Mathematicians help improve efficiency of data centers using Markov chains
RUDN University mathematicians created a model of maximum efficiency of data centers. It is based on a nontrivial Markov chain. In addition to the obvious practical applications of the results for the organization of servers and data centers, the theoretical part will be useful for the theory of queues and queuing, as well as for working with big data and neural networks. The study is published in the journal Mathematics.
A data center is a system of servers, and their task is to provide computing resources and disk space at the request of users. The higher the load, the more equipment heats up. Servers may temporarily stop working if they overheat. The temperature level that corresponds to the overheating point is called the first critical level. The second is the level to which the temperature of the server must fall for it to resume (at least partially) the work.
These levels are different. For example, if each user loads the server so that the temperature of its processor grows by 0.1 degrees, and the first critical level is 100 degrees, the second critical level should be set no higher than 99.9 degrees. If put above, the first request of the user will overheat the server again. In this case, the two critical levels should be located close enough to each other—if their difference is large, the server capacity will not be used completely. It is necessary to configure these levels so that the servers of the data center do not shut down constantly due to overheating and at the same time work with a full load.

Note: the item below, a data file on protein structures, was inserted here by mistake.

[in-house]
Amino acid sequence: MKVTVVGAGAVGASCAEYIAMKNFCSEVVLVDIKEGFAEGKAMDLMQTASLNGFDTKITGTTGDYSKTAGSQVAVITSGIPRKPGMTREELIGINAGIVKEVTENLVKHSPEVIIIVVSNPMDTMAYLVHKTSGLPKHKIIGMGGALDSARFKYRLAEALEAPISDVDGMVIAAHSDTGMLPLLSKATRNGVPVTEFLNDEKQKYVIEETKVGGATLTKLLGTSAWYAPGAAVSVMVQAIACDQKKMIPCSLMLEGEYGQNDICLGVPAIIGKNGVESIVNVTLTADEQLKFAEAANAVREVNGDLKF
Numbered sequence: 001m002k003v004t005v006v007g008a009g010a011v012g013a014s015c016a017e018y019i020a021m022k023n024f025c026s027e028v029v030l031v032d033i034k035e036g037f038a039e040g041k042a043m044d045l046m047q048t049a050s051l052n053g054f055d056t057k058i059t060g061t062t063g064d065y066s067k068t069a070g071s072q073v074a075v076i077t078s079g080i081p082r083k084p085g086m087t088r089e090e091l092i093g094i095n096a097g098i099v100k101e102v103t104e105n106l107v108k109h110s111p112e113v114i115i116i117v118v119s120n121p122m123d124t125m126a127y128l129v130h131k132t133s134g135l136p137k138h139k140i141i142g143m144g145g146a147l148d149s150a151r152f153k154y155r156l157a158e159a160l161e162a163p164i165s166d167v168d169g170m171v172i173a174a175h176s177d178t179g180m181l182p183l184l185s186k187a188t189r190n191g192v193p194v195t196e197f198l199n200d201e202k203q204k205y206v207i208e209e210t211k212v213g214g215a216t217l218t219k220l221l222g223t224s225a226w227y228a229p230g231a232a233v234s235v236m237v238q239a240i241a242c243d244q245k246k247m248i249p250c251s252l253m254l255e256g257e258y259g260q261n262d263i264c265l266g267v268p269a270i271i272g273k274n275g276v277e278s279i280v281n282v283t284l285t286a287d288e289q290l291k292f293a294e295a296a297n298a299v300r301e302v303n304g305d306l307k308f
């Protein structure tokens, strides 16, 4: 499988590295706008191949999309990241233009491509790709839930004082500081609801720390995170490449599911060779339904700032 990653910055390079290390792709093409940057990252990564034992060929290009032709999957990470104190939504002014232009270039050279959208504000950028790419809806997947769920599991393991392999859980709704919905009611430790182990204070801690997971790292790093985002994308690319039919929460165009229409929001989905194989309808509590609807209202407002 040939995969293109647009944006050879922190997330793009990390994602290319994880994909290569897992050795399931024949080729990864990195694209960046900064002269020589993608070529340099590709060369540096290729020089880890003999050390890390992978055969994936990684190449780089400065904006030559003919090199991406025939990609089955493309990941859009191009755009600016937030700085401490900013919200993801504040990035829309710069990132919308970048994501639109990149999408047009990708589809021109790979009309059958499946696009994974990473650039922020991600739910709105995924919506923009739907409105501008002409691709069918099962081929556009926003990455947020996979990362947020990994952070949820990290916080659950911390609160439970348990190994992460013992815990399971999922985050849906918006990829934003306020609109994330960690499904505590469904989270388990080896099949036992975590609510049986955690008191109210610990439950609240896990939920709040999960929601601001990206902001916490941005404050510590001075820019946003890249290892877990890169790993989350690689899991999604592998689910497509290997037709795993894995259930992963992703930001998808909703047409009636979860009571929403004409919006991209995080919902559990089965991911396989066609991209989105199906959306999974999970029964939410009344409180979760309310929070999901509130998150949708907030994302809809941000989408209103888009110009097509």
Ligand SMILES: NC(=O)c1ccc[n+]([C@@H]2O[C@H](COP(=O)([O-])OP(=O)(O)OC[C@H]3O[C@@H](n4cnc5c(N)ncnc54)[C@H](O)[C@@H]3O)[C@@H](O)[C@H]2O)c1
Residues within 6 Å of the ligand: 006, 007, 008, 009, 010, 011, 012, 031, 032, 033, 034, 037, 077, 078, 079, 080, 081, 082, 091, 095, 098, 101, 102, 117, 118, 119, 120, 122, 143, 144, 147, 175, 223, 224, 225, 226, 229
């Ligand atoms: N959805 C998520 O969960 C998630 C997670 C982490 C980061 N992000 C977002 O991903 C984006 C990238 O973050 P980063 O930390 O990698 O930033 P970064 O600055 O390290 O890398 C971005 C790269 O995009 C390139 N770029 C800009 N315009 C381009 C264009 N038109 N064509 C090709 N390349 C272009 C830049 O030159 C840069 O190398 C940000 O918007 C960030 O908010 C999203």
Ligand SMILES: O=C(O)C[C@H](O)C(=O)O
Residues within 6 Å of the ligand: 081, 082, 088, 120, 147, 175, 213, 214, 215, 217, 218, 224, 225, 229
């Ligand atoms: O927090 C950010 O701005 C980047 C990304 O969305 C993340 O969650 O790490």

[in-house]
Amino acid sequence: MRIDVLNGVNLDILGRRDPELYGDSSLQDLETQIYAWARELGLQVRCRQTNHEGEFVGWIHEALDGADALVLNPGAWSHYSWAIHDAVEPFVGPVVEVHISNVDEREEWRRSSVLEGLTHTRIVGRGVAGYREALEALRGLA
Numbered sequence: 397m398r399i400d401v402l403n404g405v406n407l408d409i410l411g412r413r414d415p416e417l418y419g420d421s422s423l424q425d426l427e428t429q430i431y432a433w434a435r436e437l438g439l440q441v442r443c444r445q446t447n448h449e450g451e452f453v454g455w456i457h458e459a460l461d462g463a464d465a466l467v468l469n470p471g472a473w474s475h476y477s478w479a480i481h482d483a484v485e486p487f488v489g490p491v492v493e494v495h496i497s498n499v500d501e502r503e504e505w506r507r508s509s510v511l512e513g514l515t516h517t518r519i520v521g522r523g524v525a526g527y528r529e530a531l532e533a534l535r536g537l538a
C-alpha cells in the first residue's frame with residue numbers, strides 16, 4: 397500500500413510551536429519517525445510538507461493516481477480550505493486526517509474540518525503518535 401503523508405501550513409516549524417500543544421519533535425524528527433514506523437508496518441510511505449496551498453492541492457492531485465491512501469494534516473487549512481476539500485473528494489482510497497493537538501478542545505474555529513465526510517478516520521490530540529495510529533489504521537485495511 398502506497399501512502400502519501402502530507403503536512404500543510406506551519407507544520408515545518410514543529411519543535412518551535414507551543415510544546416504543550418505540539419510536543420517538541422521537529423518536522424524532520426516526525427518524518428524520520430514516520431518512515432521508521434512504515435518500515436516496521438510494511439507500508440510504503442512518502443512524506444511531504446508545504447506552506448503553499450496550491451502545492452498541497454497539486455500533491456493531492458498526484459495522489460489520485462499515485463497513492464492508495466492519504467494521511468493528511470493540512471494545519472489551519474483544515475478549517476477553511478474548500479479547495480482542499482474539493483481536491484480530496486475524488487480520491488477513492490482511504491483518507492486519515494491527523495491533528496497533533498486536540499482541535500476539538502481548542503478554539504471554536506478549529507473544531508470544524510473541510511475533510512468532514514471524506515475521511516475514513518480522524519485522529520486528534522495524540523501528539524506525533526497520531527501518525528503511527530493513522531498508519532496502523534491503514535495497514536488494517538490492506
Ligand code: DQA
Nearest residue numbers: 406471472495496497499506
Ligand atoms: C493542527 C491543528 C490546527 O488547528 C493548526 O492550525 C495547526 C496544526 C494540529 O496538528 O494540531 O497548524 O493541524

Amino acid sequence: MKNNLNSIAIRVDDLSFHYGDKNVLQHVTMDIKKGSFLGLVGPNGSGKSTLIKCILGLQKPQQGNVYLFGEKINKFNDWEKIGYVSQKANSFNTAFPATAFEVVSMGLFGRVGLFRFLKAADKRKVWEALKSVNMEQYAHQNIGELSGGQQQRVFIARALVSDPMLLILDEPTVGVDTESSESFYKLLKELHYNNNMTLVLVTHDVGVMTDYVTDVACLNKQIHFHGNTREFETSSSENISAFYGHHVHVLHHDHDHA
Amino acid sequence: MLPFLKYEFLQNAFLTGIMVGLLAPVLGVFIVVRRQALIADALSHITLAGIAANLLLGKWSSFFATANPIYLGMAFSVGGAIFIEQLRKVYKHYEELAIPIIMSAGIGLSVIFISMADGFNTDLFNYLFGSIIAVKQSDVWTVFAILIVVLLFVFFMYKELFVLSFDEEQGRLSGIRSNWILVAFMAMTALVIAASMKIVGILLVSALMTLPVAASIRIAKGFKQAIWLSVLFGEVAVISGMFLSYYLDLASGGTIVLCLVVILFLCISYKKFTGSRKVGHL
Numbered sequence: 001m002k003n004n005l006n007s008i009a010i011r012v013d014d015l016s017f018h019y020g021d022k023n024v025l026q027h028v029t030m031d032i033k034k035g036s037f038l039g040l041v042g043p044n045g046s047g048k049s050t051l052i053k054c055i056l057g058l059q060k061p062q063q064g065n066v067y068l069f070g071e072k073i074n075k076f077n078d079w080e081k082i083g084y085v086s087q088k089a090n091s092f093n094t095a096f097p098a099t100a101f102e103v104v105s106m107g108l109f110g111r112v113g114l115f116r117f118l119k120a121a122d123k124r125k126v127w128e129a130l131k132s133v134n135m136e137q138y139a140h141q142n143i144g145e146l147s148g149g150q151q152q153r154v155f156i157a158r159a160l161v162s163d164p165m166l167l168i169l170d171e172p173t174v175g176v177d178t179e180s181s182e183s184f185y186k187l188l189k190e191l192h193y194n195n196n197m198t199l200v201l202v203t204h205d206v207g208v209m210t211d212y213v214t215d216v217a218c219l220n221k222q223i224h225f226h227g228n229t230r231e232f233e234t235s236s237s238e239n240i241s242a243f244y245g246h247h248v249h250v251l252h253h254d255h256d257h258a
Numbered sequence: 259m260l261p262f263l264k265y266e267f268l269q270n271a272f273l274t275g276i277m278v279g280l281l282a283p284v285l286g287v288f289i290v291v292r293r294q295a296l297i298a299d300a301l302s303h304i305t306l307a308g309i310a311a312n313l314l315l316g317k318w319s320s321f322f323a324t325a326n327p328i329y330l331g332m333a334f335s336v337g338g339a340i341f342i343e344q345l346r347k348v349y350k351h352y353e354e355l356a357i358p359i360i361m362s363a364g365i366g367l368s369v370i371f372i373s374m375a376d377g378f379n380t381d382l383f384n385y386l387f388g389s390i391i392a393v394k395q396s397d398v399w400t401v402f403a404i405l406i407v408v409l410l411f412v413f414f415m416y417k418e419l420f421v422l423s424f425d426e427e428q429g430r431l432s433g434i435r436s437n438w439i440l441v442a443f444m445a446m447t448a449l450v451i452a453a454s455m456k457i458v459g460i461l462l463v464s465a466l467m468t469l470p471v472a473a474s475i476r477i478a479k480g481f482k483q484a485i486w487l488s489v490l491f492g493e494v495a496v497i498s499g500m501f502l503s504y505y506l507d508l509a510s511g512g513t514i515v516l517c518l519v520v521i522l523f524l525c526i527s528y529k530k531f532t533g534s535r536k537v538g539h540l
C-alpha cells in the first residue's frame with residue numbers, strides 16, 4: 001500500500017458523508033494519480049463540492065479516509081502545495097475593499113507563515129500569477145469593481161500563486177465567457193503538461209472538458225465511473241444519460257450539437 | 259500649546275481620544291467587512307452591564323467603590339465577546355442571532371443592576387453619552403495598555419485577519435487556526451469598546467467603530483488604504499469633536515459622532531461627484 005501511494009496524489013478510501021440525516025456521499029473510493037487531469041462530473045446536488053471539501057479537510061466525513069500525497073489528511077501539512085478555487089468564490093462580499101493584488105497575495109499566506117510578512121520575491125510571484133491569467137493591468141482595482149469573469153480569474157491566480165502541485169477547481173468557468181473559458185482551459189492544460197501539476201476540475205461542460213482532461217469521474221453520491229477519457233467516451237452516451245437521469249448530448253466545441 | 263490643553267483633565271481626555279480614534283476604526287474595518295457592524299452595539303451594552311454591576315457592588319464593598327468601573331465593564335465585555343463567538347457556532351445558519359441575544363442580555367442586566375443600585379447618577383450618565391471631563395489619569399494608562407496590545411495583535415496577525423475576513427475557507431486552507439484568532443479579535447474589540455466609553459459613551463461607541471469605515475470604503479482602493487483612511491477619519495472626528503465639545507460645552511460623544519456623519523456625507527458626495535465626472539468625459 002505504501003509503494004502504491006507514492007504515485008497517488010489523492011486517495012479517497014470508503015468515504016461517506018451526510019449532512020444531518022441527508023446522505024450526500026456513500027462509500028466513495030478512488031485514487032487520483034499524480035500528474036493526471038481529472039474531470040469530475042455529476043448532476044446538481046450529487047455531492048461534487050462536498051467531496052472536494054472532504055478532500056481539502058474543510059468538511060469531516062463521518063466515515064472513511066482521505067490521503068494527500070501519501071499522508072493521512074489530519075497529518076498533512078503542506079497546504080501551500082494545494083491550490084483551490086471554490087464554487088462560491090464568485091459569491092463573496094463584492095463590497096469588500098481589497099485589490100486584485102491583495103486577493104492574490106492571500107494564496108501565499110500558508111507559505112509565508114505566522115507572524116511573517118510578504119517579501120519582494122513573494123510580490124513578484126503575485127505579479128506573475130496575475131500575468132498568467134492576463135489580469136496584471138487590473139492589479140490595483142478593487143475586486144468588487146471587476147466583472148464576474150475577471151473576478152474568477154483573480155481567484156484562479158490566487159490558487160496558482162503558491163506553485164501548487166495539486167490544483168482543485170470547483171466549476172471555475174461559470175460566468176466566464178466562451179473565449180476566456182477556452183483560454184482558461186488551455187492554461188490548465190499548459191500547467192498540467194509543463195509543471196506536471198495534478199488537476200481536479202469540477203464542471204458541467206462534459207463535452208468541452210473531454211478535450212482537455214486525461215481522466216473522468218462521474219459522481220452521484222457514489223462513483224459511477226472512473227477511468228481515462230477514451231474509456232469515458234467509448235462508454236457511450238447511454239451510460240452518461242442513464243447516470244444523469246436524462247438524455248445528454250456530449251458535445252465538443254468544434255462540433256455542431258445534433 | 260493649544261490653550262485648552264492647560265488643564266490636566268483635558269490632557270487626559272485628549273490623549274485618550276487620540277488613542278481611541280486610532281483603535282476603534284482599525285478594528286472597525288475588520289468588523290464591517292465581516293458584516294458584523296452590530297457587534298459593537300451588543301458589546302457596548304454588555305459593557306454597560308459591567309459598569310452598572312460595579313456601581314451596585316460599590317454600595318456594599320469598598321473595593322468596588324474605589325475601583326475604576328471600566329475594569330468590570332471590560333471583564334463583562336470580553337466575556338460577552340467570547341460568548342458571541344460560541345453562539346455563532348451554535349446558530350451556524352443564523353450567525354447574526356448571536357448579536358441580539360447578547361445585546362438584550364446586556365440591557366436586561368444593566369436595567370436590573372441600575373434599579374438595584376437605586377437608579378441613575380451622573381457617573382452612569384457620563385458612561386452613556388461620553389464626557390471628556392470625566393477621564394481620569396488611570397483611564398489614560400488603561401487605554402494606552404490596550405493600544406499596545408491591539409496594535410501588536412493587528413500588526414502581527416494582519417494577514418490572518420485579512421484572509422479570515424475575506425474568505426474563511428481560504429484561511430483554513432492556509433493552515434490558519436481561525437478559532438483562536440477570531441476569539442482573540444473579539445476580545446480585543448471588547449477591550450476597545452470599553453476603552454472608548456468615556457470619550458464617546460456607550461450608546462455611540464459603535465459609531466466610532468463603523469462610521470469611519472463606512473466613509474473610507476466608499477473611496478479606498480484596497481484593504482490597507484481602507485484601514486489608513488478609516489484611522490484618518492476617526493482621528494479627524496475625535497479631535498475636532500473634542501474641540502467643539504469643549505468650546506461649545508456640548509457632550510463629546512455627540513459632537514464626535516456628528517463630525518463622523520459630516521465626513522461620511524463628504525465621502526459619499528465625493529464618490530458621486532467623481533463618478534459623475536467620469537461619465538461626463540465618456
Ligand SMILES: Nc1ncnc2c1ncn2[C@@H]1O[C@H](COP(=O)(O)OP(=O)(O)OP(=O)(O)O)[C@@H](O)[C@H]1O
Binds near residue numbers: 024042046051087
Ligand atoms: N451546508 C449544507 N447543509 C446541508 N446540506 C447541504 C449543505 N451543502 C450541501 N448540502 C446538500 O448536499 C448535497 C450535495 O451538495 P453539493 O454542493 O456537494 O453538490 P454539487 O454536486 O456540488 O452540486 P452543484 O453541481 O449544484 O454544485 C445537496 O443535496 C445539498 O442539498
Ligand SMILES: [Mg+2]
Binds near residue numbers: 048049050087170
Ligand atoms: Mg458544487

RUDN University mathematicians Olga Dudina and Alexander Dudin were able to find a solution to the optimization problem, which ensures that the servers work at full capacity but do not overheat. Its condition looks like this: depending on a random process that simulates the flow of users, place two critical levels to prevent overheating, but the computation power would be used to the maximum. At the same time, partial inactivity is allowed, that is, if the second critical temperature level is exceeded, some requests from users are rejected.
The mathematicians solved probabilistic equations for different values of critical levels. As a random process that simulates the arrival of users, RUDN University mathematicians used the Markov chain. The simplest example of such a chain is a random walk of a point along a straight line. Every second, a coin is tossed: if heads come up, the point moves 1 cm forward; if tails, 1 cm back. Time is discrete in this process—that is, changes occur once a second, and the position of the point in the future depends only on its current position and the result of the coin toss.
To test the effectiveness of their method, RUDN University mathematicians conducted a numerical experiment that simulated the behavior of the server. Its results were evaluated using indicator E, a quality criterion that determines losses for denial of service to the user and overheating of equipment per unit of time. It turned out that the new method allows more than ten times—from 0.31 to 0.03—to reduce the loss of the simulated server and significantly increase the efficiency of the data center.
Also, the Markov chain, which originated in the work of mathematicians, has some interesting properties. In addition to its applications in IT, their model will be useful in Queueing theory. This theory is necessary for solving queuing problems, working with big data and neural networks.